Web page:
particular circumstances to advance considerations of
compensation and deterrence.” Id. at 1756 n. 6.
its discretionary inquiry, the court makes its findings by a
preponderance of the evidence. Id. at 1758.
Generally, “where a
party has set forth some good faith argument in favor of its
position, it will generally not be found to have advanced
‘exceptionally meritless' claims.” Deckers Outdoor Corp. v.
Romeo & Juliette, Inc., No. 15-2812, 2016 WL 5842187, at *3
(C.D. Cal. Oct. 5, 2016) (citations omitted).
Fees are awarded
“not as a penalty for failure to win a patent infringement suit,
but as appropriate only in extraordinary circumstances.” Octane
Fitness, 134 S. Ct. at 1753 (internal quotation marks and
citation omitted); see also SFA Systems, LLC v. Newegg Inc.,
793. F.3d 1344 (Fed. Cir. 2015) (explaining that the focus is
the substantive strength of the party’s litigating position, and
not the “correctness” or “eventual success” of that position);
Western Falcon, Inc. v. Moore Rod & Pipe, LLC, No. 13-2963, 2015
WL 3823629, at *6 (S.D. Tex. June 18, 2015) (“[m]erely asserting
that a party’s arguments were without merit does not show that a
case is exceptional”).
1. Substantive Strength of Plaintiff’s Litigation Position
First, the Court overlooked the substantive strength of
Plaintiff’s litigation position because of the uncertainty of
the state of the law regarding 35 U.S.C. § 101.
The basis of
Defendant’s initial challenge to the substantive strength of
Plaintiff’s position was that “any reasonable attorney would
have appreciated that the claims of the ‘618 patent would not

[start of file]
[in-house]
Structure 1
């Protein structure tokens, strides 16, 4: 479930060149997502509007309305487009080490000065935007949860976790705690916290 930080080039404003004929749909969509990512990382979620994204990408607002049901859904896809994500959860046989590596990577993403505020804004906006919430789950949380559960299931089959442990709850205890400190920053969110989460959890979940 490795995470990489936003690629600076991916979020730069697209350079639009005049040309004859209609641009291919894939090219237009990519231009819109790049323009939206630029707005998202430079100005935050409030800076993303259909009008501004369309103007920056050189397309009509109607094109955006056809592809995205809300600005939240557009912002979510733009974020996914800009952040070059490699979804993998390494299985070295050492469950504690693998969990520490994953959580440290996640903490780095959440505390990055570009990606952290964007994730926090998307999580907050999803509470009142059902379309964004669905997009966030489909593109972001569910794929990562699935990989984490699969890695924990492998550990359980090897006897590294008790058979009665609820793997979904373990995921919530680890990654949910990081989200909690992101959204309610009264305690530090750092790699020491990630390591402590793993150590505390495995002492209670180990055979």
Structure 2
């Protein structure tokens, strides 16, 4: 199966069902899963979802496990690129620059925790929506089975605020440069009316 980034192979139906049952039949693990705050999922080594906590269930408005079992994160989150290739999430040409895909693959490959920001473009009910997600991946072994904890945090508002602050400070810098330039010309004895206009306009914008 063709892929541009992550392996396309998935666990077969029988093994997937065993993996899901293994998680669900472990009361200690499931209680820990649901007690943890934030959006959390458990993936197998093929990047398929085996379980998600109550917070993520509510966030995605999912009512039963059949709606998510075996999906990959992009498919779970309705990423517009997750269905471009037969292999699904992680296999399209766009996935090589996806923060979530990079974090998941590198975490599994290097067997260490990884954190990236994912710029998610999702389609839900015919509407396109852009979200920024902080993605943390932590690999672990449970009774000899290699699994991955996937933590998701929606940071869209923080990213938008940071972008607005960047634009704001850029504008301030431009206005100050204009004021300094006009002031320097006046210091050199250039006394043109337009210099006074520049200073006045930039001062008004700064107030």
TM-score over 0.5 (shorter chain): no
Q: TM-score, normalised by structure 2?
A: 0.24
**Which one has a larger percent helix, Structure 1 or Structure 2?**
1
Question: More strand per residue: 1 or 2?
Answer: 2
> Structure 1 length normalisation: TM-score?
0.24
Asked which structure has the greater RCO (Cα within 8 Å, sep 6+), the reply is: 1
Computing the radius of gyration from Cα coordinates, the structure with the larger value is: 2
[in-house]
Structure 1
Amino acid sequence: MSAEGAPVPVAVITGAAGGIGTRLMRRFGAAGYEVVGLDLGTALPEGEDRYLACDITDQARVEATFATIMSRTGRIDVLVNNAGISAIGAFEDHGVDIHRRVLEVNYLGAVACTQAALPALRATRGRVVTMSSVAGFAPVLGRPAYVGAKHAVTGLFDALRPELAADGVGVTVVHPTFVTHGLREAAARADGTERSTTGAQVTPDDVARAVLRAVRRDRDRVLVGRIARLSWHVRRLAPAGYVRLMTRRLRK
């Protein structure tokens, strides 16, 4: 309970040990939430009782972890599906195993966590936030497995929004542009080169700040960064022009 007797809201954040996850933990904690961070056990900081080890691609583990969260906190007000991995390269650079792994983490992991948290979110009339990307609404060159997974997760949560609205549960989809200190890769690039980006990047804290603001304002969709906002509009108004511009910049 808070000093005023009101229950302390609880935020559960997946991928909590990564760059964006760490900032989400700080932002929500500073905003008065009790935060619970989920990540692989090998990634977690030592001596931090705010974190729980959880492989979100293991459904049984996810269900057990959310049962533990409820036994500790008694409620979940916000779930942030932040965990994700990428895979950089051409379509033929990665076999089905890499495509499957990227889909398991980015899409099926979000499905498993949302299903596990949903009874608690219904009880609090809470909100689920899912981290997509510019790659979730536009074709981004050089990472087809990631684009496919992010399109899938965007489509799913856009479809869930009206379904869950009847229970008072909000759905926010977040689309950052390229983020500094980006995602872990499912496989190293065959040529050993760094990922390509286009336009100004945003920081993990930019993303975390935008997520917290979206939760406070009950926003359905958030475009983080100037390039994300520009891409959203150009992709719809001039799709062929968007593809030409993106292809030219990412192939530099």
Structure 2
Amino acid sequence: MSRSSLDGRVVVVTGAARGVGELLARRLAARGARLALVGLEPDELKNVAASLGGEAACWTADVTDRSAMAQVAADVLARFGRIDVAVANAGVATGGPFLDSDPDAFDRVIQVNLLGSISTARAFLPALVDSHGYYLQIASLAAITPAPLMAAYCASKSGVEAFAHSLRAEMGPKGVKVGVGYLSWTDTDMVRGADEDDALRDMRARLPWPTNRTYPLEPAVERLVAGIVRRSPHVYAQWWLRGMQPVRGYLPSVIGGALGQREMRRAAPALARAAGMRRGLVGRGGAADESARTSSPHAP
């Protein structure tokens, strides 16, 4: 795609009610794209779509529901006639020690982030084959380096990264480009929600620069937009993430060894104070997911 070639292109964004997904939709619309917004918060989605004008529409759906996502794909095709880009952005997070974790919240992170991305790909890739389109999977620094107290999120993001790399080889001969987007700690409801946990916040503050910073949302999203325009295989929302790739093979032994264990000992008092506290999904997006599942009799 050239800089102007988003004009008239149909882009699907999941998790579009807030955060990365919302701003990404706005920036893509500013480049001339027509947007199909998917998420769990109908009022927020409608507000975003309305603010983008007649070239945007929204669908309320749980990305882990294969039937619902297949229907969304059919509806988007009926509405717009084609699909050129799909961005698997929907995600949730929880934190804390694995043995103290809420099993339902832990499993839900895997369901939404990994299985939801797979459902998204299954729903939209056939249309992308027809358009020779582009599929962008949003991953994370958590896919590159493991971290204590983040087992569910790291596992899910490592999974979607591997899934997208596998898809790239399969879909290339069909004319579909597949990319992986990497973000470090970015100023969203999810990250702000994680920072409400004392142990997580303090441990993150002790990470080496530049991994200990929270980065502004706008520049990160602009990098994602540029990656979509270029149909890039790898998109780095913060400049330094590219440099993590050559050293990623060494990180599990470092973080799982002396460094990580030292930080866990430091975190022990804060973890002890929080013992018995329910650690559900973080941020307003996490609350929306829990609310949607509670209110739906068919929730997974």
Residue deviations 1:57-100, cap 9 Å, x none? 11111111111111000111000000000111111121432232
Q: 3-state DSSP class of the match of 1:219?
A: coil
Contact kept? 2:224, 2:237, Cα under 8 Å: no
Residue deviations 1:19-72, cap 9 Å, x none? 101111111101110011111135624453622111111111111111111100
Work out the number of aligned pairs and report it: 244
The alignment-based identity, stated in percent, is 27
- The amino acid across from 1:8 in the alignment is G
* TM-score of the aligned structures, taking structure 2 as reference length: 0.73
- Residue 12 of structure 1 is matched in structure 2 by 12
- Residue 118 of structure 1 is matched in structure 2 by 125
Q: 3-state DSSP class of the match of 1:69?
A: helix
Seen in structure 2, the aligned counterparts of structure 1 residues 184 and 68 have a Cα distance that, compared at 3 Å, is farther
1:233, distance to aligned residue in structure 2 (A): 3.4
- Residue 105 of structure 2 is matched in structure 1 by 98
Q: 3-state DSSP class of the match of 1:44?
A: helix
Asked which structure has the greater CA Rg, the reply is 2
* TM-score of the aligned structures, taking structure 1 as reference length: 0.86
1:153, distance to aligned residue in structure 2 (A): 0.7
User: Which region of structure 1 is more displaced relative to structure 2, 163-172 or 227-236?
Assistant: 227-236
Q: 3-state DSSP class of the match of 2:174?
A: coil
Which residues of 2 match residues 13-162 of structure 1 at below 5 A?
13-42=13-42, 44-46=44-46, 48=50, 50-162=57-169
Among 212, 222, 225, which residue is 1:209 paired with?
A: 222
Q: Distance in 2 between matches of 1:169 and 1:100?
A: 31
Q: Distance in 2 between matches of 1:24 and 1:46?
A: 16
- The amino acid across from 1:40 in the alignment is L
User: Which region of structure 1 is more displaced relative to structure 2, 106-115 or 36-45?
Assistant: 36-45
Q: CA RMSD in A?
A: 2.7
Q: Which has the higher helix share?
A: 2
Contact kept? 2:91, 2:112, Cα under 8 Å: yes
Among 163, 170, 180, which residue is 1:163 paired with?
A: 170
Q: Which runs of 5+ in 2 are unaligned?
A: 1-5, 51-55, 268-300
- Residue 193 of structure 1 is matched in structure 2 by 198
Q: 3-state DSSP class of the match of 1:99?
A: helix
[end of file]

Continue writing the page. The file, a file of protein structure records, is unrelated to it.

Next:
survive a challenge under 35 U.S.C. § 101.” Garfum, 2016 WL
1242762 at *4.
The Court, in its March 2016 Opinion, found that
at step one of the Alice test, the claims of the ‘618 Patent
were directed to an abstract idea, specifically the abstract
idea of ranking content by popularity and within a category. Id.
However, the Court then found that the claims of the ‘618 Patent
“do not appear to contain” an inventive concept under step two
of the Alice analysis because the “practice of ranking things in
categories based on popular vote was well known before the
advent of the internet, or even computers, and the requirement
to involve an online database does not make the claim
inventive.” Id. at *6.
As a result, the Court stated “[t]hat
the claims do not appear to have an inventive concept should
have been obvious to the Plaintiff in the post-Alice
Moreover, it added that “although the law on
patent eligible subject matter had been in flux, a sufficient
number of cases had been decided by the time of briefing that
Plaintiff should have realized that its arguments under 35
U.S.C. § 101 were untenable.” Id. at 8.